Vice is a monster of so frightful mien,
As to be hated needs but to be seen;
Yet seen too oft, familiar with her face,
We first endure, then pity, then embrace.
If I had a penny for every programmer that I’ve heard, proudly touting the flexibility of what they’ve built, I’d be a wealthy man. I might even be able to afford my teenagers’ car insurance. :-)
As a young coder, I took the implied excellence of flexibility for granted; after all, who wouldn’t want to be flexible?
Now I know better.
If your software can be installed and configured a hundred different ways, this is Not Good. It is a sign that you don’t know who your customer is, or what they want. If your programming language has nine separate functions that provide the same functionality, shame on its designers. If your UI presents users with oodles of choices and calls it a customer focus, go vomit into the nearest garbage can.
I can already hear the protests, so let me pause here to admit that my generalization isn’t true 100% of the time. The Department of Defense spent billions of dollars developing the Osprey, because it really did want Marines to be able to take off and land like a helicopter or a plane, according to changing circumstances. And the DOD was not crazy.
This post is not about that kind of flexibility.
It’s also not about the flexibility in construction that you address with modular designs. The set of objects you can build with legos is unbounded–flexible, if you will. But notice that the blocks themselves are not.
This post is about products that can be deployed and configured in a thousand permutations, when the reasons and the costs for that flexibility are not understood or acknowledged. That kind of flexibility pushes problem-solving onto the customer’s plate (and QA’s plate), and is usually laziness in disguise. Yet we tell ourselves it’s a virtue so often that we start to believe it.
Cement as a poster child
When you pour cement to make a driveway, you value the pliable nature of the material just long enough to get it to fit your form. Ninety minutes of flexibility must be followed by decades of perfect rigidity, or you’ll never buy from that cement maker again. You couldn’t care less that the cement you purchased could be made to fit the shape of your neighbor’s sidewalk, or of the basketball court at the park.
Think about that for a minute.
In the long run, does a customer value the ability of a “flexible” product to meet the needs of any configuration other than the one she needs? No! (It is possible that she will configure a single product in multiple ways on different hardware or at different points in time, but this is the exception that proves the rule. Even when reconfiguration is important, the customer will view it as a necessary evil that increases cost and bother–not as a delightful business enhancer.)
As with cement, once a customer gets things configured correctly, he is guaranteed to prefer “set it and forget it” to an experience where he can experience the wonders of your product’s flexibility over and over again.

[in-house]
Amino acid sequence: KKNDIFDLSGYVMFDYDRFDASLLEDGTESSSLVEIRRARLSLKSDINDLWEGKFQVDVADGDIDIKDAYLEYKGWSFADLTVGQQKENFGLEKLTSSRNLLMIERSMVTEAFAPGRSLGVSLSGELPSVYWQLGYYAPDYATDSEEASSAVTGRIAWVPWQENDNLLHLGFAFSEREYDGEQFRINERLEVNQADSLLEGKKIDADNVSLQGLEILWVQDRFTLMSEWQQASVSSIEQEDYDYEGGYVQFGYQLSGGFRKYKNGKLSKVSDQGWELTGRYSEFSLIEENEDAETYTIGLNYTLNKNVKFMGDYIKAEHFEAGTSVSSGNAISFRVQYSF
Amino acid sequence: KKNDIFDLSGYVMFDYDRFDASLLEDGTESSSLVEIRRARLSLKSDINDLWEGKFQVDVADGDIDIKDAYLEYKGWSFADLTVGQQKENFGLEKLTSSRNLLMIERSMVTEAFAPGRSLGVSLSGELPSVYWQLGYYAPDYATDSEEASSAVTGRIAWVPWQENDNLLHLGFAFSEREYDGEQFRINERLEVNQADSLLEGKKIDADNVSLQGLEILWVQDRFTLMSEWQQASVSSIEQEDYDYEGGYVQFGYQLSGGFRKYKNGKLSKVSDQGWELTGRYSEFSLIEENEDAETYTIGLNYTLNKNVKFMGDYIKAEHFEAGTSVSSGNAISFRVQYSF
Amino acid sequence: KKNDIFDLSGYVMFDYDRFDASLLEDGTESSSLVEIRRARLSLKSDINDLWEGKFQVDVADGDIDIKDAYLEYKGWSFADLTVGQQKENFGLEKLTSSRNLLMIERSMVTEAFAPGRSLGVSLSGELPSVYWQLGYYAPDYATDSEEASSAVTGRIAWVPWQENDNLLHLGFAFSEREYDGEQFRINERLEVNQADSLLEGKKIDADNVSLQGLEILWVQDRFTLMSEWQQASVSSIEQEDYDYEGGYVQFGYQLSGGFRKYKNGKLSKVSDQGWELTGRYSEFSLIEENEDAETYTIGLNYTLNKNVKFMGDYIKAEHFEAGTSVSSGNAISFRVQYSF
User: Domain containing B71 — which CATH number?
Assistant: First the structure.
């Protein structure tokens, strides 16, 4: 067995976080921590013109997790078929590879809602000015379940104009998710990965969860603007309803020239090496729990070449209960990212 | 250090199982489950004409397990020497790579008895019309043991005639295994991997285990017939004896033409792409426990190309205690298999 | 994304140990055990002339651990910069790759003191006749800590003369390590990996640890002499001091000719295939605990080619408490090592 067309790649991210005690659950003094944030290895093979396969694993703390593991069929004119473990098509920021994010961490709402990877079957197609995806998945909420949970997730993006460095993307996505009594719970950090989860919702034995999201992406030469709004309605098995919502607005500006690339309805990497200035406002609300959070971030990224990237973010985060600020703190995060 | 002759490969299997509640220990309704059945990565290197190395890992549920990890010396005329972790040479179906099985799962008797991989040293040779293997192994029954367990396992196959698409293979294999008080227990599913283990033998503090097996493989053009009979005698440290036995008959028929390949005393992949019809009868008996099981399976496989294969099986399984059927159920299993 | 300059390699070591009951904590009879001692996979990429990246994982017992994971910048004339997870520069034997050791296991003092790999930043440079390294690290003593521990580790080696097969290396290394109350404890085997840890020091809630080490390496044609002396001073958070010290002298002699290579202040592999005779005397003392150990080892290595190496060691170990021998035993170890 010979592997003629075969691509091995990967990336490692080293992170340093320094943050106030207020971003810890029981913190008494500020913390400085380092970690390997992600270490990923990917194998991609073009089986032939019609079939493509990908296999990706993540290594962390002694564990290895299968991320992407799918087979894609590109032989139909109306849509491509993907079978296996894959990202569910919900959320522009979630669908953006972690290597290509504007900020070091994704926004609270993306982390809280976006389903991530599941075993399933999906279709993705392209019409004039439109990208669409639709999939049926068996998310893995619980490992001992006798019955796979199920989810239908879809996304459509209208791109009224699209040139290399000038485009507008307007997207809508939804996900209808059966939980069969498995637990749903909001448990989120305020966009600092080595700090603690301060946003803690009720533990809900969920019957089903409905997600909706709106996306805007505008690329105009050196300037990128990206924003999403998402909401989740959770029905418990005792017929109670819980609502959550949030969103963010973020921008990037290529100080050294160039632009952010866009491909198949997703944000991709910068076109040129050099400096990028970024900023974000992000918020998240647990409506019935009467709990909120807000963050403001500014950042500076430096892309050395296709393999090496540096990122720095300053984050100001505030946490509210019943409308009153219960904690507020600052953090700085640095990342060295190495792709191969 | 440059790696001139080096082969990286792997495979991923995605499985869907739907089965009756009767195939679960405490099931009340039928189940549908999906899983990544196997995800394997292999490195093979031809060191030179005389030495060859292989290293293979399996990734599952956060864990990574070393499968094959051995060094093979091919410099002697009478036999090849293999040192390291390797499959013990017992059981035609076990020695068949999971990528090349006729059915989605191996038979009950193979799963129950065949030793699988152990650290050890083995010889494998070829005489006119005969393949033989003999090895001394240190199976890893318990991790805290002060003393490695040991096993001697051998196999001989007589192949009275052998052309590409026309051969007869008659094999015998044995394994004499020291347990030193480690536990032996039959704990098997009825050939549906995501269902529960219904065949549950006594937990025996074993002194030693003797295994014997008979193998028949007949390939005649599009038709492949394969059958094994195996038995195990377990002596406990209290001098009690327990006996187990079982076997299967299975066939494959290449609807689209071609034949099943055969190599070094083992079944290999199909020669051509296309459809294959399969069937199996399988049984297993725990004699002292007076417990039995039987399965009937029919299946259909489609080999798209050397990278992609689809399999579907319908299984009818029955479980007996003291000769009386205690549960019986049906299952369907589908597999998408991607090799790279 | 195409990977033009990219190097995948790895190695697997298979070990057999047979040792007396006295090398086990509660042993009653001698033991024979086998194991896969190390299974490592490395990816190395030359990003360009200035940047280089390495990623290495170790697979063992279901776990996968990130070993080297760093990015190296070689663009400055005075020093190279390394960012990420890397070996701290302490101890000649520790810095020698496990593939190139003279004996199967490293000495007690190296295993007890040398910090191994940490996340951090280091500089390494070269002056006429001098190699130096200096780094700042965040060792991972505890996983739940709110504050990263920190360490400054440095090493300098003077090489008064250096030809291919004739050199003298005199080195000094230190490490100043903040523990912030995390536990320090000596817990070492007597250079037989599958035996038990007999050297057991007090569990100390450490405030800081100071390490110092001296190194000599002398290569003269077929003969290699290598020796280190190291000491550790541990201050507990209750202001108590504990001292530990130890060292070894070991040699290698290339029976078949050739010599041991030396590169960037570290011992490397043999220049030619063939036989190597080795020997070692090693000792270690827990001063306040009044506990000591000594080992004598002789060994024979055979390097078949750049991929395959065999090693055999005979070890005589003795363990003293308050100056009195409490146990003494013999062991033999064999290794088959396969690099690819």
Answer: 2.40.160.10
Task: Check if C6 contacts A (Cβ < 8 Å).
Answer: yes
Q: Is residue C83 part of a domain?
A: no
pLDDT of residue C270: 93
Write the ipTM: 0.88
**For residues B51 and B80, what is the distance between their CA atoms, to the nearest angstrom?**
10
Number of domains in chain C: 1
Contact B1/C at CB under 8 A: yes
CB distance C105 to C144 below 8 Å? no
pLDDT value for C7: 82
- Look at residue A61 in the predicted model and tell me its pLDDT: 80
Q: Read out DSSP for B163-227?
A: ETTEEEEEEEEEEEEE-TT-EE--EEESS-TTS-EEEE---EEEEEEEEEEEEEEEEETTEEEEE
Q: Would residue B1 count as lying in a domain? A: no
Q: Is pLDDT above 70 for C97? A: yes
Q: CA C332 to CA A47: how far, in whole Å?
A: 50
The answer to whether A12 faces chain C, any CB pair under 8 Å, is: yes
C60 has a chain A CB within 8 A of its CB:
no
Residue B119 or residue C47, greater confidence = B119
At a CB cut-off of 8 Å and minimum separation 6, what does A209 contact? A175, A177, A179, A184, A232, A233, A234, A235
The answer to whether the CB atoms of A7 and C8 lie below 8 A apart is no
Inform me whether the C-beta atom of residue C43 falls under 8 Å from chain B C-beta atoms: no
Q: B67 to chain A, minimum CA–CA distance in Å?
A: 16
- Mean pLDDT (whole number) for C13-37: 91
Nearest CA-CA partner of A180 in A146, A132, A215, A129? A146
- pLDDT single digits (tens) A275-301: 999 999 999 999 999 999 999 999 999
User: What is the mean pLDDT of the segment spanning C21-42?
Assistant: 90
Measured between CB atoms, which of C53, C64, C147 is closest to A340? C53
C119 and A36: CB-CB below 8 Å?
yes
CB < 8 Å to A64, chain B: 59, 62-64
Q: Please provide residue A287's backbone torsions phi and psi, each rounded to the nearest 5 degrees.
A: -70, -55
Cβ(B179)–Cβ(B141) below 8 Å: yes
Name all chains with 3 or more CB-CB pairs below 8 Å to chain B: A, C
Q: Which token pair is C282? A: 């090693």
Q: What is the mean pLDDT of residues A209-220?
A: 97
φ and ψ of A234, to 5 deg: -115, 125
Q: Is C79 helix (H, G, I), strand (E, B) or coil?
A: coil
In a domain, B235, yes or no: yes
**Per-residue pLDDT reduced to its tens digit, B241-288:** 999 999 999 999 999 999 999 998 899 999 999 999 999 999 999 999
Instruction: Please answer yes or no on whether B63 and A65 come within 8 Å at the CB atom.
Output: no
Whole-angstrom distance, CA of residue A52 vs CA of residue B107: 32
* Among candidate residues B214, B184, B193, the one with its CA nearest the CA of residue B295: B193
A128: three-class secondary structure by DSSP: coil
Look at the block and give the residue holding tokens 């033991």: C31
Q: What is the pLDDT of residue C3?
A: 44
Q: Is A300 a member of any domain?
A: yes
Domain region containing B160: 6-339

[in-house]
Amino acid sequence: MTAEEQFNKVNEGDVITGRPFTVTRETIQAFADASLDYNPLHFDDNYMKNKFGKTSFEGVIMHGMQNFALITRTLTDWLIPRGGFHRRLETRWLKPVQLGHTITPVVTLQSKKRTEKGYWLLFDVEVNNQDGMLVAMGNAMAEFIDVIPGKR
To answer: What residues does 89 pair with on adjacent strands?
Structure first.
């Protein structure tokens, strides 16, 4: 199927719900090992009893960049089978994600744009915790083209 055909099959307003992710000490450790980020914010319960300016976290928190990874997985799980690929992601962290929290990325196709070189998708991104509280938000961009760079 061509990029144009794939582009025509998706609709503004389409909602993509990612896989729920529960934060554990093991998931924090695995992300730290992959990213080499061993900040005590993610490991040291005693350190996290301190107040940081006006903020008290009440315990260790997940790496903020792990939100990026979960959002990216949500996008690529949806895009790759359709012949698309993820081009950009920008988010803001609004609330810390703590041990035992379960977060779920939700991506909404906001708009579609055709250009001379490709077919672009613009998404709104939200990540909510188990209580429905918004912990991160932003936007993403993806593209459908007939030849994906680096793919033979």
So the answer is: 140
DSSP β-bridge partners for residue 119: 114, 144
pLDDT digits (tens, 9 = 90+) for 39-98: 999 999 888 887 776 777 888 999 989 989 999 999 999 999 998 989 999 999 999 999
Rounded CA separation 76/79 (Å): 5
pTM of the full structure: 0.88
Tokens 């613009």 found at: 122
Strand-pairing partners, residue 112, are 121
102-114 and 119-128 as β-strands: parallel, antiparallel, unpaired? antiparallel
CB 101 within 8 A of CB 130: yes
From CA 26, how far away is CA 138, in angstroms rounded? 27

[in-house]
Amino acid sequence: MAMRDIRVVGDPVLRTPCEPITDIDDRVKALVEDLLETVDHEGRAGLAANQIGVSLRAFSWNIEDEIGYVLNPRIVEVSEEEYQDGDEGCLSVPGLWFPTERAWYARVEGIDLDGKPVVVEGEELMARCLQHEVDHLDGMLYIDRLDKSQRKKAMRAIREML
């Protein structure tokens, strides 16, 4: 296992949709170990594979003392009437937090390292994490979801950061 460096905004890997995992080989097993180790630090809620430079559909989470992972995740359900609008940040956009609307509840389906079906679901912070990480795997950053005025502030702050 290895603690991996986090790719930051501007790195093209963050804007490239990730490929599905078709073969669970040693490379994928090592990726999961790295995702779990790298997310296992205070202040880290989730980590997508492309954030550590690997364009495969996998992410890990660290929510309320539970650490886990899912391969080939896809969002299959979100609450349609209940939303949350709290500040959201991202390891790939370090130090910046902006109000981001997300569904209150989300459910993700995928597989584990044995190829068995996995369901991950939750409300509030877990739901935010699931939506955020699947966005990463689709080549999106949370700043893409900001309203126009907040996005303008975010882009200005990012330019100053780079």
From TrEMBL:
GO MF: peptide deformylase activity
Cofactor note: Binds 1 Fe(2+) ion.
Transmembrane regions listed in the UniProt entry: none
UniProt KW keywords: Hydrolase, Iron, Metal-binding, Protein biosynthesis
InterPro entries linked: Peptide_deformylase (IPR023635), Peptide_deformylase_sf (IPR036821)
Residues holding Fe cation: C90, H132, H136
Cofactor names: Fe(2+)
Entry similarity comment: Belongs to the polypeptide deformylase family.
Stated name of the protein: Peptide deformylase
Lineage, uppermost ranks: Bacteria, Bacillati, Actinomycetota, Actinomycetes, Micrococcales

The cost of flexibility
Flexible software is no different.
But suppose, just suppose, we were perfect estimators, and we could tally up exactly how many dollars and hours we would spend on releasing something flexible… Suppose we did the analysis, even including a savvy assessment of opportunity cost, and decided it was worth it…
We still wouldn’t be counting the cost accurately.
Besides the cost of developing and testing the Osprey, and the cost of purchasing models as they roll off the assembly line, the Department of Defense incurs an ongoing cost to the Osprey’s users in terms of extra training time, more limited deployment theaters, less skill transfer for pilots and maintenance crews when they retire to civilian life, and so forth.
Again, flexible software is no different.
Rational self-interest and the invisible hand
If you want to sell into a varied market, you have to tolerate variety. Dev teams that make flexible products are attacking that problem, and they are behaving in a mostly rational fashion.
Does that sound like I’m contradicting myself?
I don’t think so. It all hinges on understanding whose interests are being served by flexibility.
Flexibility serves the self-interest of the ISV. In most cases, customers would be delighted if products shipped pre-configured for exactly their needs, with no flexibility at all. They’d gladly accept a pre-fitted driveway, delivered by an invisible hand.
In other words, flexibility in a product’s configuration is a necessary evil.
If it’s necessary at all…
Theoretically, products could ship with smart defaults (so they’d require little tweaking), and could adjust themselves to unique needs with little effort on the part of customers. In some cases, they could even make these changes automatically and instantaneously, on deployment. Think about how much less doc we’d have to write, and how much less support we’d have to provide, if we didn’t buy into the flexibility approach…
I know I’m being idealistic. But it seems to me that we should acknowledge who’s benefitting from flexibility, and what it’s costing. We should make easy and correct fit, rather than flexibility, the ideal for our customers, and do what we can to achieve it. We may always be stuck making things flexible for our own internal purposes, but that should be our problem, not the customer’s.
Study the “Swiss Army Knife” and “Cover Your Assets” antipatterns. These antipatterns are often associated with an incorrect admiration for flexibility. Look for places in your world where these antipatterns are used.
- “Weighing the Benefits and Costs of Flexibility in Making Software” (Information Systems Research)